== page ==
This close up shows:

1) Zinnia: Zinnias germinate fast and grow quickly 2) Pequin pepper: this tiny pepper like all peppers are slow to germinate and grow.

3) Lemon Gem Marigold: The sporadic germination is the result of the age of the seeds. 4) Carrots: also part of an old seed trial, with poor germination.

5) Amethyst purple Basil: These are 2017 seeds and the germination was amazingly good. Notice the distinct half circle of the first leaves (cotyledons)

6) Cracker Jack Marigolds: Also from 2017, great germination and growth.


As the seedlings grow, they get quite densely packed. This can quickly lead to problems if the plants aren't watched carefully. Particularly drying out.

1) Agastache: Being in the mint family they have a distinct wavy leaf and square stem 2) Loose Leaf lettuce and behind it Kale. 3) Genovese Basil with its distinct wide curved leaves. 4) Peppers: once they get going, peppers grow as fast as almost any plant.


Here is an example of some Echinacea trials:1) Echinacea seeds from 2017, produced surprisingly good germination. 2) Red Cabbage: These may need a bit more light as they are getting leggy and leaning. 3) It seems that Lettuce seedlings really prefer lots of room, the best growth I got was from single seeds that sprouted and grew alone.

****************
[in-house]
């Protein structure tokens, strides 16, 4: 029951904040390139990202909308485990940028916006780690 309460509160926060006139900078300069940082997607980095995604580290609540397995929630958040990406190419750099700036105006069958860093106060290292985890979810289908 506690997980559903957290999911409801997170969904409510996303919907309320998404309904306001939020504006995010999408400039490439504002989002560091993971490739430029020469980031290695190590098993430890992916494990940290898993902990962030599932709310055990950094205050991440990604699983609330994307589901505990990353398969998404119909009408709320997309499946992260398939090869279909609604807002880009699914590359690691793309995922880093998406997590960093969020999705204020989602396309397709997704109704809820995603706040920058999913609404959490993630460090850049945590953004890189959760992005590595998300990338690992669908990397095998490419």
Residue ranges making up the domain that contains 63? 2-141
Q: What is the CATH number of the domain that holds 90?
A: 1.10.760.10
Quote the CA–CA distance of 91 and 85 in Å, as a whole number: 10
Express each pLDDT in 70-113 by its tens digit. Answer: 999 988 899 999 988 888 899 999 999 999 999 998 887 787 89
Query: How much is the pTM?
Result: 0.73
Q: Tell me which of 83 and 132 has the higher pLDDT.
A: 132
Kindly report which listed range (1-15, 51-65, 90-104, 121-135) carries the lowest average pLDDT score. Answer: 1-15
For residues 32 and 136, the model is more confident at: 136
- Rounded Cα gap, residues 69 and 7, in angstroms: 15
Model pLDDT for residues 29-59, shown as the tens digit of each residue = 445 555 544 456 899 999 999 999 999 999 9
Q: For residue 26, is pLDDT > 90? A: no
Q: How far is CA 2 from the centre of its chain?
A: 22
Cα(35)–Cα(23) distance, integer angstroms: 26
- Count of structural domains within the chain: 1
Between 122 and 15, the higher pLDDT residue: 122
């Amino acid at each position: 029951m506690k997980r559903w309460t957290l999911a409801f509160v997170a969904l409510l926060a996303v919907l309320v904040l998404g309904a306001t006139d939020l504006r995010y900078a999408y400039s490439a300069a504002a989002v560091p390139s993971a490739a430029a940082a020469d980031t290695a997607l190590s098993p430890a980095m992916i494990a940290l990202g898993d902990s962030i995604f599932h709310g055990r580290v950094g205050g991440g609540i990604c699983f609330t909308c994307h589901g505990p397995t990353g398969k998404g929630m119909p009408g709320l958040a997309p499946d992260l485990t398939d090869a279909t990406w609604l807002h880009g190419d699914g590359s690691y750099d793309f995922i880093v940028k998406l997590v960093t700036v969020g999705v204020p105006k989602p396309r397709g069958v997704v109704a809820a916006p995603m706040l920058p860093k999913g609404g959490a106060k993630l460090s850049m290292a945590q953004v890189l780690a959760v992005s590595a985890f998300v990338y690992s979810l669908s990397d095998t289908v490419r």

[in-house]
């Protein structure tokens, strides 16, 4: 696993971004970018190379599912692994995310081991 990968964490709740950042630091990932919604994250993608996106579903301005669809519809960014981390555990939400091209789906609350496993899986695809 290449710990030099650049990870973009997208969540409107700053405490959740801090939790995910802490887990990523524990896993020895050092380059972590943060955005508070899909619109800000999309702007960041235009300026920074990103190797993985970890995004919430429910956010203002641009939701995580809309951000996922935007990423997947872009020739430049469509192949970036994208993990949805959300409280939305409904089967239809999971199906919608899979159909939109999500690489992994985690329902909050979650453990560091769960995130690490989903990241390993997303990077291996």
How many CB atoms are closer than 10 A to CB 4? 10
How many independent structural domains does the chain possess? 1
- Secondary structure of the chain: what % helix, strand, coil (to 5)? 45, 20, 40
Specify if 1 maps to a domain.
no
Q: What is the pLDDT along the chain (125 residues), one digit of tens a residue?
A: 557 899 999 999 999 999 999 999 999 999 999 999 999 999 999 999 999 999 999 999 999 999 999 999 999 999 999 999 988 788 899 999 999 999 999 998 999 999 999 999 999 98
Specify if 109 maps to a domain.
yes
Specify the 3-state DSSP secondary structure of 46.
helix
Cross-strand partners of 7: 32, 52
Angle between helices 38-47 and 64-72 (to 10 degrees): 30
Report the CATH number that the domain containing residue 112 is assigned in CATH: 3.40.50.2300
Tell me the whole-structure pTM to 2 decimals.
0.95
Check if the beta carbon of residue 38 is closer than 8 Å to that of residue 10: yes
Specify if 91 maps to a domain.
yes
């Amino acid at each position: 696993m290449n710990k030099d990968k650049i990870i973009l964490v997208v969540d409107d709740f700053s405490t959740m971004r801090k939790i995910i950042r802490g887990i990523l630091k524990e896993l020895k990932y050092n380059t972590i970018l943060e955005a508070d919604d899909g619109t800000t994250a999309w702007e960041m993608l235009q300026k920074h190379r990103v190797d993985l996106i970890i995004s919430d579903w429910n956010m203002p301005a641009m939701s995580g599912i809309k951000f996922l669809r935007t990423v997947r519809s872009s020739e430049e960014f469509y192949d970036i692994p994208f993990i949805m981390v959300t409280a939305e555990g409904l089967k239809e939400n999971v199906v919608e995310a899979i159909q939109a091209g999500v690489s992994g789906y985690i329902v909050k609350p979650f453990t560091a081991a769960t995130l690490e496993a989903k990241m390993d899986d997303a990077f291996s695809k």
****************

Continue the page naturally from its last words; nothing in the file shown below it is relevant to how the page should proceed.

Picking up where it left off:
I frequently plant a "mini" row of one seed variety. In a 98 that equals 7 "cells" to a row. In that situation, I'll write one label with and arrow pointing down. On the left you can see I planted Marigold 'Brocade Mix', I put in a sideways arrow and a number (21) to indicate that there are 3 rows of 7, for a total of 21.



Here are Marigold, Pepper and Tomato seedlings. The Marigold and Tomato plants have well developed roots. These plants are about ready to be transplanted. The pepper plant has hardly any roots evident, and so could be grown on longer in the 72 cells. Multiple plants in one cell can be teased apart by dipping them in water to loosen the roots.


As close up of 1) Basil seedlings, that have just sprouted. Notice the half round leaves. 2) Pepper seedlings with their distinct pointy first leaves.


The 98 trays can be set in water holding trays, which can help keep the plants watered as they grow larger. However it is important to occasionally let the water tray dry out and water from the top as needed, this will allow the soil to dry out a bit so reduce fungus issues.


Transplanted 98 seedlings, go nicely into 2" or 3" pots, and will fill in and produce roots quickly.


Close up of Genovese Basil (on the left) and Tom Thumb Lettuce in the center. Single seeds grew quickly into big plants.


A nice mix of 98 cells on the right and larger 3" pots on the left.  Looks like an instant garden. A bunch of the plants on the left are from cuttings.

Tomato transplants in 3 inch pots have quickly filled in and are almost to the point when they need to be transplanted again.


Here are some results of older seed trials this spring 2019.

Little Gem 2018: great germination.

Anuenue Lettuce 2015: poor germination, but some did sprout.

Argula Slo-Bolt 2017: great germination.

Green Deertongue lettuce 2016: good germination.

Cosmos 2017: good germination. 

Pequin Peppers, collected seeds from 2018-2019 best germination of any peppers.